The Brule River State Forest offers exceptional recreational opportunities, including wildlife viewing, a 16-mile stretch of the North Country National Scenic Trail, eight miles of frontage on Lake Superior, the Bois Brule State Fish Hatchery and much more.
The forest contains all 44 miles of the Bois Brule River, one of the best known rivers east of the Mississippi. For over one hundred years, it has been known as an exceptional trout stream. The Brule River contains resident brook, brown and rainbow trout. Lake brown and rainbow (steelhead) trout along with Coho and Chinook salmon migrate up the Brule annually from Lake Superior.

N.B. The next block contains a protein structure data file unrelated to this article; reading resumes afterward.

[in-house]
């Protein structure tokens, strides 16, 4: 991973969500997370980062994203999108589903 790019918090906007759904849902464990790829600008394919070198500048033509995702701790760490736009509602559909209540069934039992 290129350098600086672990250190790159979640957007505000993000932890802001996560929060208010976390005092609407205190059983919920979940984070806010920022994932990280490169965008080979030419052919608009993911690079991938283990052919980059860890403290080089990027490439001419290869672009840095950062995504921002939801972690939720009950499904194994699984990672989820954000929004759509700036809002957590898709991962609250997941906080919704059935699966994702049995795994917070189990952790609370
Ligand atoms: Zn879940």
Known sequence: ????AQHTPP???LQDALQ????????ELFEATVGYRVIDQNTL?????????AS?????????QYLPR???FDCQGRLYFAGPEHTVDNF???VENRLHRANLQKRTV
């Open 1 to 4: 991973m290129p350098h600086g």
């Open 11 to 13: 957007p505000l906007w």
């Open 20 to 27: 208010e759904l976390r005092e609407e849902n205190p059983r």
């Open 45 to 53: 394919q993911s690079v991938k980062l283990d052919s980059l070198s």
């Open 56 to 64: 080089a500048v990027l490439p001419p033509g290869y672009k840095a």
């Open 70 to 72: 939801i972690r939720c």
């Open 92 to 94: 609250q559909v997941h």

The river itself has two distinct personalities. The upper river (the southern portion) flows through miles of coniferous bog and is fed by numerous springs. When the river crosses the Copper Range, it begins a fall of 328 feet in the eighteen miles to Lake Superior. Here, flashing cascades tumble over rocks and ledges and between steep river bluffs forested with aspen and balsam fir.